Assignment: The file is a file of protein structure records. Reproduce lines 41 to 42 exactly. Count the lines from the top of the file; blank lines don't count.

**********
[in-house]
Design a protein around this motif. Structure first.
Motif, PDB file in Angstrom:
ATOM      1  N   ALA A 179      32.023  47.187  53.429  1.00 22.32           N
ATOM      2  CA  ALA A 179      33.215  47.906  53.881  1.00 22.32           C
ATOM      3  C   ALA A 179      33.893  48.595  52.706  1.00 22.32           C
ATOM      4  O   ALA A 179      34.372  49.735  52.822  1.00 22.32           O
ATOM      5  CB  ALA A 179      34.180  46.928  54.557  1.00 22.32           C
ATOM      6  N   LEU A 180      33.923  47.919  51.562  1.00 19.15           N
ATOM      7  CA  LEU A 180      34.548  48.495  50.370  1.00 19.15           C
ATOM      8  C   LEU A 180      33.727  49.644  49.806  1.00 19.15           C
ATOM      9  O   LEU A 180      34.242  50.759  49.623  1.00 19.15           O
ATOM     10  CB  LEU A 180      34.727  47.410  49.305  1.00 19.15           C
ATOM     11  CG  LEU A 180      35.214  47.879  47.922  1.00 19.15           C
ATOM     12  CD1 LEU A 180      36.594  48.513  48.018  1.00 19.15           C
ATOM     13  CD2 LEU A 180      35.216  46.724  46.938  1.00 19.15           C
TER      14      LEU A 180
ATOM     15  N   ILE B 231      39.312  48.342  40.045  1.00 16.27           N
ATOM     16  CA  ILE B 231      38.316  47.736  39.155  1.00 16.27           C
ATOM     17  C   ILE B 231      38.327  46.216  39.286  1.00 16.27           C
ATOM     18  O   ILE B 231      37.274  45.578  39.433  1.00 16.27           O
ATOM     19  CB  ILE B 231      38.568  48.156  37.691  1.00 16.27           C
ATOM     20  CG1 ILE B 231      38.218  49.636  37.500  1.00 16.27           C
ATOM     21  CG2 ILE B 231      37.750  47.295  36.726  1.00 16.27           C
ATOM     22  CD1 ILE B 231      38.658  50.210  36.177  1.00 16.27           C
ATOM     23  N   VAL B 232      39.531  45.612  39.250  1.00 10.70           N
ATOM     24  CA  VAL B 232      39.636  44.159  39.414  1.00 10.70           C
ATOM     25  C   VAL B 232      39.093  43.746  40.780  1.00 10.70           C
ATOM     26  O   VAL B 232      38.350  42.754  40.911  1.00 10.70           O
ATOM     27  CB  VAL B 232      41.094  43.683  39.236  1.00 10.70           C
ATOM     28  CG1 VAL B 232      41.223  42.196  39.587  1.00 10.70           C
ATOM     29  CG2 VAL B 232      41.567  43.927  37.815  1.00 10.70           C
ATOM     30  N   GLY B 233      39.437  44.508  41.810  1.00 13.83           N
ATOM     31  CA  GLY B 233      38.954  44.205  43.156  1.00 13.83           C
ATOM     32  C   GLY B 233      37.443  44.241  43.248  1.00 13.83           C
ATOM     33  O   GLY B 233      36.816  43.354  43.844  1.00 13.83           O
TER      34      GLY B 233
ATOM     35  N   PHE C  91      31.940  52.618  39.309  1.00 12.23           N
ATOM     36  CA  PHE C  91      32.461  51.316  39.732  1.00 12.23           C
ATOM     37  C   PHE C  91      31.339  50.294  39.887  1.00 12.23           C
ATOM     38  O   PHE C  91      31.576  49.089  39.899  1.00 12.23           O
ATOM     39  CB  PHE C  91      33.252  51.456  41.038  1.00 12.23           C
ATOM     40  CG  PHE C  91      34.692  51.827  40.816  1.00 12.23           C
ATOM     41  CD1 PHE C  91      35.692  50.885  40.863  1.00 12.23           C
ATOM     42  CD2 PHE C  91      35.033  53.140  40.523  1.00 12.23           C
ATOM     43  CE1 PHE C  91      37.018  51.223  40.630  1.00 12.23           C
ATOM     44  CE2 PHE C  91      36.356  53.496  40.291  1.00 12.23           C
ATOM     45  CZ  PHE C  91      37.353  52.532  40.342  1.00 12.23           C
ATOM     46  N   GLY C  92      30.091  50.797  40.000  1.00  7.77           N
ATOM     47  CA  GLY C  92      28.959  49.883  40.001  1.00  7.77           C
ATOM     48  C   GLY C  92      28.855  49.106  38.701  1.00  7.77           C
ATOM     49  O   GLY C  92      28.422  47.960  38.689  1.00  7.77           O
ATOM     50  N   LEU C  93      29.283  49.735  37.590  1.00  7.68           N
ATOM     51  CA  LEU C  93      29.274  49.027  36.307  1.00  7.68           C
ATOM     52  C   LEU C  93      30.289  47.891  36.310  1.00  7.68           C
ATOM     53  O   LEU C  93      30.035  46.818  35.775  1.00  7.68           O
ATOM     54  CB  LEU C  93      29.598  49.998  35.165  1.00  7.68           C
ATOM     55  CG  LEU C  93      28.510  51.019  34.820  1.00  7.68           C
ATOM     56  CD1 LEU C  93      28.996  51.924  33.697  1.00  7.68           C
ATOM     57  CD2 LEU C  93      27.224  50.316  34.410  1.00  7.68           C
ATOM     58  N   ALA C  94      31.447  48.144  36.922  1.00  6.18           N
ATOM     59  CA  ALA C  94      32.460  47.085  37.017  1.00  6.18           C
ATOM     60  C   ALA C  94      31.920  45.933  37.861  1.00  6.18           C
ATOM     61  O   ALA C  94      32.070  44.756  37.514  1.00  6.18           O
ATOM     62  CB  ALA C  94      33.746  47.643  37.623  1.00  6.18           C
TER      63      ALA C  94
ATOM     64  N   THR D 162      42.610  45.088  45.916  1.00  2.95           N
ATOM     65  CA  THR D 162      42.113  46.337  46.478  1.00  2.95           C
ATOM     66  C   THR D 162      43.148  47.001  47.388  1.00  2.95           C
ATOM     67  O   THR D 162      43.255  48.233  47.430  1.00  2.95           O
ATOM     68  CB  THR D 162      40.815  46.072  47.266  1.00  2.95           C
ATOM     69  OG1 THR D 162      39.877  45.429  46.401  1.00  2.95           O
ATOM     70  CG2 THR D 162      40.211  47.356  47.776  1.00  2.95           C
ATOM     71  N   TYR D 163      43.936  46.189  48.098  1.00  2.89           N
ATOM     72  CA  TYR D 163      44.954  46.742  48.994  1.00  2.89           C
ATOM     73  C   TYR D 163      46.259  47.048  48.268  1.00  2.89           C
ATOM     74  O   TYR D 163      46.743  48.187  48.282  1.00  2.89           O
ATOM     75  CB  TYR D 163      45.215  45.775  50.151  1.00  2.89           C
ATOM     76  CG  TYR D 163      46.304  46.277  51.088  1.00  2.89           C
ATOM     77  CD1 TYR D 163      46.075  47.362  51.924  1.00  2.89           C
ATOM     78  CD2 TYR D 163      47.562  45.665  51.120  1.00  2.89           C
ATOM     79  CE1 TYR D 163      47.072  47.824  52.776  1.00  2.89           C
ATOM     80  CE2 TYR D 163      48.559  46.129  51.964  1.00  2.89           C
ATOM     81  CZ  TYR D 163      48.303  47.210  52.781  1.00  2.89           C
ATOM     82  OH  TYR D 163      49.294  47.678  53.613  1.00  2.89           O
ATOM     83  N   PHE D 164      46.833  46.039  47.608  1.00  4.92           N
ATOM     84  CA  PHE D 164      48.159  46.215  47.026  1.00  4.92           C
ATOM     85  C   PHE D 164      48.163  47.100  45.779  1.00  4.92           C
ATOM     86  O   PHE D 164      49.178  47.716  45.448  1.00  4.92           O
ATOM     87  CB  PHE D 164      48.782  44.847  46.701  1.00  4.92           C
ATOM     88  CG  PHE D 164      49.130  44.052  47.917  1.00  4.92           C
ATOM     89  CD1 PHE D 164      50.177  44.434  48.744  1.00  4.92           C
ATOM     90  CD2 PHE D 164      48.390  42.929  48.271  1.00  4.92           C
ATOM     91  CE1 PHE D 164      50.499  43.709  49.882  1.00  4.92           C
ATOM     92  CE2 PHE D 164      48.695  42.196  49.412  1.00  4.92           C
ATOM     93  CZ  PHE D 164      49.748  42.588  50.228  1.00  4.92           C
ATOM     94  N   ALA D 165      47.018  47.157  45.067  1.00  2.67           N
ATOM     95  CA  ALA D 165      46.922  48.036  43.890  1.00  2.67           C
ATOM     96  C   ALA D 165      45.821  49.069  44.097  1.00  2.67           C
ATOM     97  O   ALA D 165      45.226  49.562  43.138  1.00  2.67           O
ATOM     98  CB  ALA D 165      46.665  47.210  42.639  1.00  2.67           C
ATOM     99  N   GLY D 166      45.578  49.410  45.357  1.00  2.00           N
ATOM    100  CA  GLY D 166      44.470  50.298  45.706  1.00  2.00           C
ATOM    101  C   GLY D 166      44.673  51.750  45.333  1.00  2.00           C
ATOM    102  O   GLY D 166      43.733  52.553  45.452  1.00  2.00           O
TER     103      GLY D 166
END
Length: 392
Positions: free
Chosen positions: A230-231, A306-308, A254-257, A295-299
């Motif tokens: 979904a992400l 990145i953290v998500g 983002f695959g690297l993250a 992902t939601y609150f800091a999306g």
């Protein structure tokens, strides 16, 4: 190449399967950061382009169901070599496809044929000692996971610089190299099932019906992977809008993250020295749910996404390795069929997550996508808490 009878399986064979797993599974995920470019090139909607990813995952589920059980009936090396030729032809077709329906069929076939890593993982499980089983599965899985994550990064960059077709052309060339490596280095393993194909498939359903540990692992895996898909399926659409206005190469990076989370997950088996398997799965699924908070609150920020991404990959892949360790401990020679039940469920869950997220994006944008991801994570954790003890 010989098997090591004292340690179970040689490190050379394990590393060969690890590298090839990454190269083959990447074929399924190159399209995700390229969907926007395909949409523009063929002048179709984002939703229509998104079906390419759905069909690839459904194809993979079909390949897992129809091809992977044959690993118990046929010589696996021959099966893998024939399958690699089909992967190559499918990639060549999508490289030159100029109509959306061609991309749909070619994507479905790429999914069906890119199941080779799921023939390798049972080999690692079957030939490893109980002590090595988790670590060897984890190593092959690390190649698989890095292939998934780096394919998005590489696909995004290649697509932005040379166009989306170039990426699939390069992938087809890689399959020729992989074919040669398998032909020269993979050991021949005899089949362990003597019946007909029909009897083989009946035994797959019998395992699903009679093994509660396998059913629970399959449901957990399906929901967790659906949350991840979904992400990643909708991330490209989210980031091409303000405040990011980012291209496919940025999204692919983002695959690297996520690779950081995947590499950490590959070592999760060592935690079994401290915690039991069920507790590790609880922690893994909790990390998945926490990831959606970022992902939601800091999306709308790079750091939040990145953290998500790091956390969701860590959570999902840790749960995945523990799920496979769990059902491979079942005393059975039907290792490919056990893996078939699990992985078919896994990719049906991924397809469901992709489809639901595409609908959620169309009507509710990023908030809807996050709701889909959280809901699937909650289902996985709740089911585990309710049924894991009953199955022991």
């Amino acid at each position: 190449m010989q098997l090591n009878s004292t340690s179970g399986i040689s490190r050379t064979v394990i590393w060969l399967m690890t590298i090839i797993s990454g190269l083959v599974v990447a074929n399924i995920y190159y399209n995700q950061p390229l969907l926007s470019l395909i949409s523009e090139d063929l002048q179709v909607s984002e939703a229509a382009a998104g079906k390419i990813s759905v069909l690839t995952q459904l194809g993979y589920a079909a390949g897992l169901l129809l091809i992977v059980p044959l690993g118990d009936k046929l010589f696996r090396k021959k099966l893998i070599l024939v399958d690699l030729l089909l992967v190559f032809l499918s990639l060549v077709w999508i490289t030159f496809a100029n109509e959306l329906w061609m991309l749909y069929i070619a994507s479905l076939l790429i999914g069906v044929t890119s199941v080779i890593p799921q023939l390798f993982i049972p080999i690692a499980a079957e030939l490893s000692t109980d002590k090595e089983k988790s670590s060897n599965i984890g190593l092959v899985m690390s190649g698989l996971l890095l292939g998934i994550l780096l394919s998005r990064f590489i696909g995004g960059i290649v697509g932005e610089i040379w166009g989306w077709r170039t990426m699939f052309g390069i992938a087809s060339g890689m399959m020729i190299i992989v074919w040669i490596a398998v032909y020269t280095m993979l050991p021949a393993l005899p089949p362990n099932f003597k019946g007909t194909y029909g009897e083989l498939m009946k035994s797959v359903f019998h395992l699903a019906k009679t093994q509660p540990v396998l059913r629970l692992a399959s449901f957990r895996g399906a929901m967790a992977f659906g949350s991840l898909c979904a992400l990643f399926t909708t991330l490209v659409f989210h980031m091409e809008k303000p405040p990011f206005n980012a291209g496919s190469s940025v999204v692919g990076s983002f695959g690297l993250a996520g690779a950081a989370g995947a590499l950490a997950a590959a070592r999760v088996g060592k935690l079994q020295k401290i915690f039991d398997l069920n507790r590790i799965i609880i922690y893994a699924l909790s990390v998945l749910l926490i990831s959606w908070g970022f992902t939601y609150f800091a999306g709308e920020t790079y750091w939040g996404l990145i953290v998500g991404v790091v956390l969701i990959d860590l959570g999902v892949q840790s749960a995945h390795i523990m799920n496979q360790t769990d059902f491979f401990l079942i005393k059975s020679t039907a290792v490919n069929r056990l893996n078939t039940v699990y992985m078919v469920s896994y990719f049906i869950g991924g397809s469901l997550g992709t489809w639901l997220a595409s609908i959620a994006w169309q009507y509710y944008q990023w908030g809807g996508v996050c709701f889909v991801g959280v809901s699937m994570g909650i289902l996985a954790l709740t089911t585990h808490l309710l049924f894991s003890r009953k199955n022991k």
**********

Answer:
ATOM     38  O   PHE C  91      31.576  49.089  39.899  1.00 12.23           O
ATOM     39  CB  PHE C  91      33.252  51.456  41.038  1.00 12.23           C